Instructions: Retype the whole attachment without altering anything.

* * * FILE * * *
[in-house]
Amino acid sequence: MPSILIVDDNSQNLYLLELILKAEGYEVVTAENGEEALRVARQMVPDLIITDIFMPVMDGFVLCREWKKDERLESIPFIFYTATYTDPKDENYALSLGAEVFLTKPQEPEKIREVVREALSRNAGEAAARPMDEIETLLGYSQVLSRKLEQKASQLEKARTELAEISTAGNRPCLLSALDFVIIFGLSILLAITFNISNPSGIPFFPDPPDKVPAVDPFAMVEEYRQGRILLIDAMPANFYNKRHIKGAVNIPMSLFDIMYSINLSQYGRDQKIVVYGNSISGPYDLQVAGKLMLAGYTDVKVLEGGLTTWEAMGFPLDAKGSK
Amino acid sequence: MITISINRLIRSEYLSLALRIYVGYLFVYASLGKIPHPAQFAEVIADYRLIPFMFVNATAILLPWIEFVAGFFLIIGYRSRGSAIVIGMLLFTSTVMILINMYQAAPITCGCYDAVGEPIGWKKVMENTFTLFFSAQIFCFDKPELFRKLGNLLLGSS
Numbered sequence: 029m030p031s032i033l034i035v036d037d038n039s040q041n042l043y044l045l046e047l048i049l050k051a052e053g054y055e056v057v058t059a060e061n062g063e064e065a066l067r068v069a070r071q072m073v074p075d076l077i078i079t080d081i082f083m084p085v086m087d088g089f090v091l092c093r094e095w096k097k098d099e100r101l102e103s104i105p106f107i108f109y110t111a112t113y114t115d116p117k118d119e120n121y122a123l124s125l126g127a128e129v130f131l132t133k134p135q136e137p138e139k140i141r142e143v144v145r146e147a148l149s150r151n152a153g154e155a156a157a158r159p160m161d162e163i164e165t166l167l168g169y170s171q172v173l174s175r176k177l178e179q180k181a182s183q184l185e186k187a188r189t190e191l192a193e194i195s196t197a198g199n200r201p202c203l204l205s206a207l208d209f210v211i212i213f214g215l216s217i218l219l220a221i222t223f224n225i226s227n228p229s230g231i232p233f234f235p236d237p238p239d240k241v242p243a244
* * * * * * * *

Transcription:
[in-house]
Amino acid sequence: MPSILIVDDNSQNLYLLELILKAEGYEVVTAENGEEALRVARQMVPDLIITDIFMPVMDGFVLCREWKKDERLESIPFIFYTATYTDPKDENYALSLGAEVFLTKPQEPEKIREVVREALSRNAGEAAARPMDEIETLLGYSQVLSRKLEQKASQLEKARTELAEISTAGNRPCLLSALDFVIIFGLSILLAITFNISNPSGIPFFPDPPDKVPAVDPFAMVEEYRQGRILLIDAMPANFYNKRHIKGAVNIPMSLFDIMYSINLSQYGRDQKIVVYGNSISGPYDLQVAGKLMLAGYTDVKVLEGGLTTWEAMGFPLDAKGSK
Amino acid sequence: MITISINRLIRSEYLSLALRIYVGYLFVYASLGKIPHPAQFAEVIADYRLIPFMFVNATAILLPWIEFVAGFFLIIGYRSRGSAIVIGMLLFTSTVMILINMYQAAPITCGCYDAVGEPIGWKKVMENTFTLFFSAQIFCFDKPELFRKLGNLLLGSS
Numbered sequence: 029m030p031s032i033l034i035v036d037d038n039s040q041n042l043y044l045l046e047l048i049l050k051a052e053g054y055e056v057v058t059a060e061n062g063e064e065a066l067r068v069a070r071q072m073v074p075d076l077i078i079t080d081i082f083m084p085v086m087d088g089f090v091l092c093r094e095w096k097k098d099e100r101l102e103s104i105p106f107i108f109y110t111a112t113y114t115d116p117k118d119e120n121y122a123l124s125l126g127a128e129v130f131l132t133k134p135q136e137p138e139k140i141r142e143v144v145r146e147a148l149s150r151n152a153g154e155a156a157a158r159p160m161d162e163i164e165t166l167l168g169y170s171q172v173l174s175r176k177l178e179q180k181a182s183q184l185e186k187a188r189t190e191l192a193e194i195s196t197a198g199n200r201p202c203l204l205s206a207l208d209f210v211i212i213f214g215l216s217i218l219l220a221i222t223f224n225i226s227n228p229s230g231i232p233f234f235p236d237p238p239d240k241v242p243a244